Weird thing is, The Church isn’t really my kind of band normally. Listening to other songs of theirs I’ve heard paints the picture of a band operating in a drug-addled haze most of the time. You get some of the same feel from Gold Afternoon Fix but it works better here, somehow.

Basically, through no intention or fault of the band’s own, they ended up making a record that veers into my preferred territory.

Which songs are the highlights?

“Pharaoh” and “Metropolis” start things off normally enough, then “Terra Nova Cain” brings in a new level of trippy sci-fi weirdness.

My standout favorites are the snarky little “You’re Still Beautiful” later in the record and the album’s six-minutes-long closing piece, “Grind.”

Which songs don’t work so well?

There’s a middle stretch to the album, from “City” to “Essence,” where the songs aren’t very engaging. “Monday Morning” has the benefit of being the shortest track on the album, at least.

Later there’s the somewhat-aptly-named “Disappointment.”

Which album did you almost pick in favor of this one?

Had I not picked Gold Afternoon Fix I’d have not picked a Church record at all. Other than the two singles, most of Starfish doesn’t gel for me.

From numeric necessity, of course, I ended up passing over a bunch of artists entirely when selecting this year’s roster. Maybe I’d have gone with Disturbed’s Ten Thousand Fists or something. Who knows?

Any final thoughts?

While the band didn’t get what they wanted out of this album or the process of its creation, the results are better than folks generally give it credit for. The studio wanted another album loaded with hits like “Under The Milky Way” and instead we got… all of this. It’s a helluva thing and I genuinely adore this hot mess of a record. Every song here ranges from decent to great, and I don’t hate any of them. It’s hard to find an entire album of ten or more songs without a 2-star or lower blip in the lineup but here we are.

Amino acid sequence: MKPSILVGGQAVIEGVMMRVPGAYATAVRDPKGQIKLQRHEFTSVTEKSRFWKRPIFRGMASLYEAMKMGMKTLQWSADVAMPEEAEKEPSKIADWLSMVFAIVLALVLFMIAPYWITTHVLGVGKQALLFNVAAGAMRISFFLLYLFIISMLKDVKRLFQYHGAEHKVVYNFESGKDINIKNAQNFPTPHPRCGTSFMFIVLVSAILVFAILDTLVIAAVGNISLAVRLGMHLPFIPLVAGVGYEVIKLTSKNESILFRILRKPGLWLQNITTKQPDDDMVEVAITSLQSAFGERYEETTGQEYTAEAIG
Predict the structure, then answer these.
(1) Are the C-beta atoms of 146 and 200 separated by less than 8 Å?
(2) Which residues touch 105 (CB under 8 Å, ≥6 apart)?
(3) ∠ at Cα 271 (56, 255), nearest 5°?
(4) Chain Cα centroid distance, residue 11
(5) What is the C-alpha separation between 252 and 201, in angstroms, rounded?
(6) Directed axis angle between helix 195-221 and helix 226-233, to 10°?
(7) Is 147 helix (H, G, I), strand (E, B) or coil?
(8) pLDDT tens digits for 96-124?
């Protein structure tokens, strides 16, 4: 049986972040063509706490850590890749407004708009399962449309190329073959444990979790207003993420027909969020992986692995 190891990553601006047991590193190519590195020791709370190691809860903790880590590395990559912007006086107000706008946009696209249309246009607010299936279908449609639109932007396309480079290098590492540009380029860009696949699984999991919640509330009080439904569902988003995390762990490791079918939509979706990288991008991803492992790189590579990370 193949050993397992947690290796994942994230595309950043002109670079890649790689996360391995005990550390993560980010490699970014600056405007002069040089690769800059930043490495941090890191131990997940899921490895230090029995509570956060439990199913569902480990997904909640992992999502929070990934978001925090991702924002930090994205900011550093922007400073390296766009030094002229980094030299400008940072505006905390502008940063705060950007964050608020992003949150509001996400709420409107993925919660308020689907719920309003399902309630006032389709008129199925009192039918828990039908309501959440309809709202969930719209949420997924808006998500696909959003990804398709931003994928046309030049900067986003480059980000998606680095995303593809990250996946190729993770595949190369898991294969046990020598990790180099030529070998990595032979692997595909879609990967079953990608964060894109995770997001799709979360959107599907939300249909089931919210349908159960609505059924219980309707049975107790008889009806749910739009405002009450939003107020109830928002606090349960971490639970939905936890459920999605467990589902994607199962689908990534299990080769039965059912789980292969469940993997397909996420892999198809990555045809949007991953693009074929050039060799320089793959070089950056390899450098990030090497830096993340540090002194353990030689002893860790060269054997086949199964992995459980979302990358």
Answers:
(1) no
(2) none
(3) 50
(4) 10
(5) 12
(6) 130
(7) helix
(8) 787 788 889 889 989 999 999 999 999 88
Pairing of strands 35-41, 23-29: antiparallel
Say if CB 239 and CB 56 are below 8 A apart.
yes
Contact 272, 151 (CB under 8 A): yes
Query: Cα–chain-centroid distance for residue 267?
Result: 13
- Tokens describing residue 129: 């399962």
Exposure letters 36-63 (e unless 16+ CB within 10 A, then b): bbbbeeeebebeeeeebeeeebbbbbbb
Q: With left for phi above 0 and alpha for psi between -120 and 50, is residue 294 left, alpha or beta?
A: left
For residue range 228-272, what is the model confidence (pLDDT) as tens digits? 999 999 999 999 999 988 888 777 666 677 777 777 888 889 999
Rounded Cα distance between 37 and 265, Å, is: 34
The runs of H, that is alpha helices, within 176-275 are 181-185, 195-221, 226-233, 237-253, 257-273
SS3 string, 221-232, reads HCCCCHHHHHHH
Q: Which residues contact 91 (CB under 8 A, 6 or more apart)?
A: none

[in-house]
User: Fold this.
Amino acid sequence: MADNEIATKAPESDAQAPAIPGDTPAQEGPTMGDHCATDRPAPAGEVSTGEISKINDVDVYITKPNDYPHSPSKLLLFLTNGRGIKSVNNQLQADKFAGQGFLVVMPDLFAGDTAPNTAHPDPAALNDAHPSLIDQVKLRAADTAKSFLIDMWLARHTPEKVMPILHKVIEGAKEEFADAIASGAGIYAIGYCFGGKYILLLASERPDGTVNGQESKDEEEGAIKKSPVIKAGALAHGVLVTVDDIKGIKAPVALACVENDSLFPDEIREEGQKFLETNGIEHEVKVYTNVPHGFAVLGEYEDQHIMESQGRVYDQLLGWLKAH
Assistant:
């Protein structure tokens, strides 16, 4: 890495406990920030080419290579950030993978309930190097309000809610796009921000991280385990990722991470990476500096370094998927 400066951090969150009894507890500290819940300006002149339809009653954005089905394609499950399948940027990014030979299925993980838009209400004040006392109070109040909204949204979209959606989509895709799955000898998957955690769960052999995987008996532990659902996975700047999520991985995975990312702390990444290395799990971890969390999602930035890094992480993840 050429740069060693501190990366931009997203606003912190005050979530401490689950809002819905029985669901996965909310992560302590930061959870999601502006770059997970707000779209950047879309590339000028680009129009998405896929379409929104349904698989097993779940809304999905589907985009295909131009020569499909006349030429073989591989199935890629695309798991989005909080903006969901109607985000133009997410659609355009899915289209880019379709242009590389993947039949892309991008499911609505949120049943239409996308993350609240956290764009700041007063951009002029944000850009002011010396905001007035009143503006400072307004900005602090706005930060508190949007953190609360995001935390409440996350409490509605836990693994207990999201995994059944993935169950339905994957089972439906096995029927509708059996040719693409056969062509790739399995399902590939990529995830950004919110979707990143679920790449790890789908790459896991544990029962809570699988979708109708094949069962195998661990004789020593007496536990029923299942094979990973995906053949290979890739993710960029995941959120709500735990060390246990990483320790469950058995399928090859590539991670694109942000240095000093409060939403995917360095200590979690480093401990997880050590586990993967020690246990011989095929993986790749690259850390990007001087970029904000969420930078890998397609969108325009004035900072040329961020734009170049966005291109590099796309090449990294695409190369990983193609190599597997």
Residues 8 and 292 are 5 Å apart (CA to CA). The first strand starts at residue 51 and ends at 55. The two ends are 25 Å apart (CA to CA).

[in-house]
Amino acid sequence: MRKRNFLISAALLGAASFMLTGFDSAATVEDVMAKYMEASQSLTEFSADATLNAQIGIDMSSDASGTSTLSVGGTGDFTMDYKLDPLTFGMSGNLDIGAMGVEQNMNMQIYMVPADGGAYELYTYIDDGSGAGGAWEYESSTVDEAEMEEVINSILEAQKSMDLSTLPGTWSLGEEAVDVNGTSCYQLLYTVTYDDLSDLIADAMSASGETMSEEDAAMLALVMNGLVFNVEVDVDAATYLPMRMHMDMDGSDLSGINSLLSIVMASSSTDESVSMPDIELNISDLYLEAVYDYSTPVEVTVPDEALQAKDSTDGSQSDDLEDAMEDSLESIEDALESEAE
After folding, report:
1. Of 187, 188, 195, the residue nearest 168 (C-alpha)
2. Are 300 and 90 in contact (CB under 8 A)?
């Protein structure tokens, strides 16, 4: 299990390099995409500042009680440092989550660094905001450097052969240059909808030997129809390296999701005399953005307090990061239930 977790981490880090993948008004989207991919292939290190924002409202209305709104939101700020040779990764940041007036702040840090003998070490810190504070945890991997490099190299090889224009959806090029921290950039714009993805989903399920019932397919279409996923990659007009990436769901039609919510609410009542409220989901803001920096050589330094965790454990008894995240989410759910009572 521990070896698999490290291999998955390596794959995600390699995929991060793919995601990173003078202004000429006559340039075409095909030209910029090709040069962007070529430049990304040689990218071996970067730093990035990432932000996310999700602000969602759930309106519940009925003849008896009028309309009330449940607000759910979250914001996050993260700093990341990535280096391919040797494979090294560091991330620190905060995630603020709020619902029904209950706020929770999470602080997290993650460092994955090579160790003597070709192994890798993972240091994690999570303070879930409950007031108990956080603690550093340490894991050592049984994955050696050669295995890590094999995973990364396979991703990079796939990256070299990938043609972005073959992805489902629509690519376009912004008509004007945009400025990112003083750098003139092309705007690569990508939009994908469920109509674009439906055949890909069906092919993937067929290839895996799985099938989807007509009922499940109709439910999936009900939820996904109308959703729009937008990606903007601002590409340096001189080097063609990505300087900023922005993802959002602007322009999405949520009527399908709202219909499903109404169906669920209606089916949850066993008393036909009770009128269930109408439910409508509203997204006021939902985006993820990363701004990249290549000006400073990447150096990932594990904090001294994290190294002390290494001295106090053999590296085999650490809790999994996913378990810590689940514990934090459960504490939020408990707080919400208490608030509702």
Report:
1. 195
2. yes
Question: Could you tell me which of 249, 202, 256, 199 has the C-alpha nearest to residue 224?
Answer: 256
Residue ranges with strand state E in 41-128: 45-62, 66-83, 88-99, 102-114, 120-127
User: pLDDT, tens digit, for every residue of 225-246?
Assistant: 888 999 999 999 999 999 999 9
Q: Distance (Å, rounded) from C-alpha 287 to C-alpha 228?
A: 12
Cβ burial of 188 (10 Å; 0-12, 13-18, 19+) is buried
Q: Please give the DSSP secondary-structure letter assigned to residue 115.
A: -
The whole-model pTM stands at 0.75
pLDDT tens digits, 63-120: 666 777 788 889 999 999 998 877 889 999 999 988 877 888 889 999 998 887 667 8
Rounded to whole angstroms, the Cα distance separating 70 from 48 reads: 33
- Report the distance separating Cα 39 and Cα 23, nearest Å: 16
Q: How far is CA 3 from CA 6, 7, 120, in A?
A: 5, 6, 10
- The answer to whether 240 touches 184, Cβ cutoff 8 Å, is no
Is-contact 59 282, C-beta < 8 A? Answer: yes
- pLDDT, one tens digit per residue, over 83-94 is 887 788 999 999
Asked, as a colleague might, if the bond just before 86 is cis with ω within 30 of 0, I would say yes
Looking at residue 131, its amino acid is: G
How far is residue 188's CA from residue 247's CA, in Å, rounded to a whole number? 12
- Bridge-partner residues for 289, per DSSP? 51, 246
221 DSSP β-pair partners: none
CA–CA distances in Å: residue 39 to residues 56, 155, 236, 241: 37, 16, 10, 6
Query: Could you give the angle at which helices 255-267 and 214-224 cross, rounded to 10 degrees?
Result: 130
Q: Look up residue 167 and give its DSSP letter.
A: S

And that’s why Gold Afternoon Fix earned its place in this year’s run.

Comparing the two Australian bands’ albums which came out within days of one another was an amusing exercise. Pointless, maybe, but irresistible. My conclusion? While Midnight Oil made a very good record, I think The Church made a more interesting one.

3WA 2018 #8: Midnight Oil – Blue Sky Mining

Late February, 1990. An Australian band which had burst into the public consciousness of a U.S. audience with their previous record releases a follow-up, hopeful to continue and expand that level of success.

What is it?

Blue Sky Mining is Midnight Oil’s follow-up to the popular and highly-regarded Diesel & Dust album, consisting of ten more tracks of the brand of politically-charged rock-n-roll that made them famous.

How does it sound?

How sounds the sampler on this winter’s night:

Why this pick?

There are more important Oils records. There are Oils records which are held in higher critical regard. Blue Sky Mining occupies an interesting sweet spot, however. It’s the band at the height of their powers, delivering a solid record with some gorgeous stand-out tracks and almost no duds.

Yet somehow this album is also the safest thing they’ve ever done. How do you follow a popular and acclaimed world-wide hit record? By very carefully giving audiences more-or-less what they want, in this case. This somewhat mellower Midnight Oil phase continues right up to the release of the in-your-face Redneck Wonderland several records down the road.

Which songs are the highlights?

Unlike the initial run of Star Trek movies, this album’s highlights are on the odd rather than the even numbers. It leads off with the big hit single, “Blue Sky Mine.” Two songs later, “Bedlam Bridge.” Two songs later, the gorgeous “Mountains of Burma.” Two songs later, “River Runs Red.” The pattern continues and breaks with the ninth & tenth songs, the outstanding pairing of “One Country” and “Antarctica” (one of my all-time favorite Oils tunes).

Seriously, “Antarctica” is just plain beautiful.

Which songs don’t work so well?

“Shakers and Movers” is the only dull thud for me here. It sort of vaguely comes off as being something like a love song, almost, and boy howdy are the Oils not good at those. Other than that I’d say “King of the Mountain” and “Forgotten Years” are by-the-numbers tunes which are listenable enough but don’t stick in the mind much past the final fade-out.

Which album did you almost pick in favor of this one?

It could’ve been either of the “red” albums (Redneck Wonderland or Red Sails in the Sunset) or else 10,9,8,7,6,5,4,3,2,1. Not that I couldn’t make a case for most things in the catalog other than Capricornia or Breathe, mind you. Sure, this is an angry band in a lot of ways, but they deliver that anger with such infectious energy that it doesn’t bring you down, it lifts you up and gives you energy and strength.

Any final thoughts?

Due to an interesting coincidence I didn’t notice until it was revealed by the spreadsheet I’m using to track this project, next week’s entry will, indeed, count as shenanigans…

3WA 2018 #7: Public Service Broadcasting – The Race For Space

“Well space is there, and we’re going to climb it.”

What is it?